SPRINGVILLE — Some of them are parents. Some had children go through the school system. Others are local citizens who, in the words of board member Kara Kane, “want to bridge the gaps and help the children and the families in the district.” This is the Springville-Griffith Community Education Foundation, a board of 10 residents who are working to support the community and its members, one grant at a time.
“We’ve given to the pre-K and the [Springville Concord Elder Network], so we really span the gamut,” said Kane, of the foundation’s grant recipients.
“We like to give to causes that are meaningful. We see those things that organizations might not be able to put into their budgets, that are still needs or wants. We don’t have a staff. We don’t have an office. Every penny that comes in [to our organization] goes right back out.”
The foundation has supported such organizations as the Bread of Life Outreach program; the Springville Center for the Arts; the clock tower fund, as its first corporate sponsor; Bertrand Chaffee Hospital and many other local organizations, as well as smaller grants for S-GI classrooms, special events and other projects and programs that “show that we are here for the community.
“We’re not a fly-by-night thing. We’re here for the long haul,” Kane said. The organization was originally founded by Mike Hannon in 2006, although Kane got involved some time later, as an activity she called “more meaningful than a hobby, but not as stressful as a job.”
The group of volunteer board members come from diverse backgrounds and include a lawyer, pediatrician, restoration worker, S-GI graduates and “those who have made Springville their home.
“Nobody has a fundraising background,” Kane said, of the members. “Whatever we haven’t known how to do, we figured it out. Many minds and many hands make light work.”
To date, the organization has distributed more than $150,000, and Kane said the group is always looking for other organizations in the community to partner with the foundation, to make a difference.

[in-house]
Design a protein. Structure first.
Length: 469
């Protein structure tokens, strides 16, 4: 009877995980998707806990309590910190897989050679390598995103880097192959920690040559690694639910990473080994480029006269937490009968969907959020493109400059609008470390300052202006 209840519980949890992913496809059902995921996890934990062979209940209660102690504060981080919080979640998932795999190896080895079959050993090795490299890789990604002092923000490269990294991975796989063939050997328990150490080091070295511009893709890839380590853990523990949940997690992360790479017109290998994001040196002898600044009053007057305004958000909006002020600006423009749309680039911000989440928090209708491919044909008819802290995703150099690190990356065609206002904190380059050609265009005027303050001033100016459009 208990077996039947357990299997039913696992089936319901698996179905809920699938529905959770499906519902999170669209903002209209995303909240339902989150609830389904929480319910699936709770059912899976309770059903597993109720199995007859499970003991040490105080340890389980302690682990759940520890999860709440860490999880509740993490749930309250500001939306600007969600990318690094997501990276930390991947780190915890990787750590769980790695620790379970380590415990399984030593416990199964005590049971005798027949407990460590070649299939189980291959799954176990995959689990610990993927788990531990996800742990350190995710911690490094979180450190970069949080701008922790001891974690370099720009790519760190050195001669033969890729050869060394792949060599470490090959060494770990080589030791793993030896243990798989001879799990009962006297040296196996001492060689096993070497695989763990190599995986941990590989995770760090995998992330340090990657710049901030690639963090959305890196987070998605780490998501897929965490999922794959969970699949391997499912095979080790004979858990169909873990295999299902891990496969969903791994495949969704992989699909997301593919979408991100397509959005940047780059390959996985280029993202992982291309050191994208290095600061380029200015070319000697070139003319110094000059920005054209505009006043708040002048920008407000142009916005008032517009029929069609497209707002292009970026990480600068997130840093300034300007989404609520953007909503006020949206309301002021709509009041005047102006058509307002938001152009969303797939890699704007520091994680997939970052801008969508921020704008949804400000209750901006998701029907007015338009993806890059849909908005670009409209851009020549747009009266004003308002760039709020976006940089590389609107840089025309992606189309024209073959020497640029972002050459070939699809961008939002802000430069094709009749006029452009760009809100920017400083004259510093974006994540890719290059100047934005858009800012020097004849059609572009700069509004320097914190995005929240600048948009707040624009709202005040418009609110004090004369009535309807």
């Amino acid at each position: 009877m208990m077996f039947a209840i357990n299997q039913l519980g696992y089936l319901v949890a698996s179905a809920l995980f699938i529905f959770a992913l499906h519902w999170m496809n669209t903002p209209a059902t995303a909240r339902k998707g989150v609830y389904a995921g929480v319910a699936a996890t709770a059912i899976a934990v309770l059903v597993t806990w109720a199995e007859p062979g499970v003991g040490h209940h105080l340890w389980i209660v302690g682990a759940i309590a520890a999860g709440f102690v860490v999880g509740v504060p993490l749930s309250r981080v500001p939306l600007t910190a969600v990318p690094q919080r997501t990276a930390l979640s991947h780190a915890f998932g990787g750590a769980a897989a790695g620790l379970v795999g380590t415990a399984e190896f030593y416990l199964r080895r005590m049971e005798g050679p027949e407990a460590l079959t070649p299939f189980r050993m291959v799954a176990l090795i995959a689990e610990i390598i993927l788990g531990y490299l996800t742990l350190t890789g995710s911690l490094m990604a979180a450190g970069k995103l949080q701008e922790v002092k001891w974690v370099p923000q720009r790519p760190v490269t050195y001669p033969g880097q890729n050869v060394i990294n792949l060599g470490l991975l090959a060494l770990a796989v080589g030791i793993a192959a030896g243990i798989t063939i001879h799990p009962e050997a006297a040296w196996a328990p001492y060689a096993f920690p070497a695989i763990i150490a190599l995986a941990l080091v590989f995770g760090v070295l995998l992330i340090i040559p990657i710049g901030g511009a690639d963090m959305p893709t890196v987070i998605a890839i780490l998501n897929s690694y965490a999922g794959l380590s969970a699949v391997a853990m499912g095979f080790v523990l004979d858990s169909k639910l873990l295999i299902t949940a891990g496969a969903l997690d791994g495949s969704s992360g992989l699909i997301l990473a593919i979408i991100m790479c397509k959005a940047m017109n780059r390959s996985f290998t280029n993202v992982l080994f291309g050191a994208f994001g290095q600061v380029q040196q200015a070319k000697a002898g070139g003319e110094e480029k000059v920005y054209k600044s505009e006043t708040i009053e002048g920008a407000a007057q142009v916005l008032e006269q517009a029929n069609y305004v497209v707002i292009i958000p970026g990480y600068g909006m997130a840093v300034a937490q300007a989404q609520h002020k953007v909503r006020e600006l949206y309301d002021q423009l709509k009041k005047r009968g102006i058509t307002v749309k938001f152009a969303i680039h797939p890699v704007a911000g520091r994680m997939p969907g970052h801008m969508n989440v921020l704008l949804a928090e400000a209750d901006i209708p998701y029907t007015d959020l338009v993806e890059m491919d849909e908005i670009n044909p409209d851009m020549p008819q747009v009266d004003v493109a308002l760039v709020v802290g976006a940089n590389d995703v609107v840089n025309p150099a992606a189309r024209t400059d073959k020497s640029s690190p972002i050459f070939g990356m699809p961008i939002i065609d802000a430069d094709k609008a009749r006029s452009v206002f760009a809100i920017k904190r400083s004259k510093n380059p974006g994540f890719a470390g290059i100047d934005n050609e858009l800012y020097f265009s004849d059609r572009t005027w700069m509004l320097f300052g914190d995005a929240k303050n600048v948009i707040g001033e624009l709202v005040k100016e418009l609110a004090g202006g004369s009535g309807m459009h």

“Not many communities have something like this,” Kane said. “Some of our grants are large. Some were for $100, $500, for classroom projects. It doesn’t sound like a lot, but it means something to those kids. It’s nice to think that some random community members did this, for them.”
The foundation “leans a lot on the community” for support, according to Kane, and relies heavily on several fundraisers, each year.
The next of those is the annual steak dinner, to support the S-GI athletic program. The dinner will be held at Papa Jake’s Saloon on Aug. 28 at 6 p.m.
“[The S-GI varsity football] Coach Sopko has alerted us to some equipment that isn’t scheduled for an update, but that will make their football experience more memorable,” Kane said, of where the funds are scheduled to go, this season.
The group will also hold its sixth annual silent auction and wine tasting in November.
“As soon as the steak dinner is over, we launch right into the wine tasting,” Kane said. “These fundraisers are becoming an institution, in our area. We want people in the community to know we’re here, that they can rely on us, as a resource.”
The organization was recently recognized by the Erie County Association of School Boards, for its contributions to the community.
“It’s gratifying, to know that this can be a model for other communities,” Kane said, of her experience. “No member of our board wants to be recognized. We just want to make a difference.”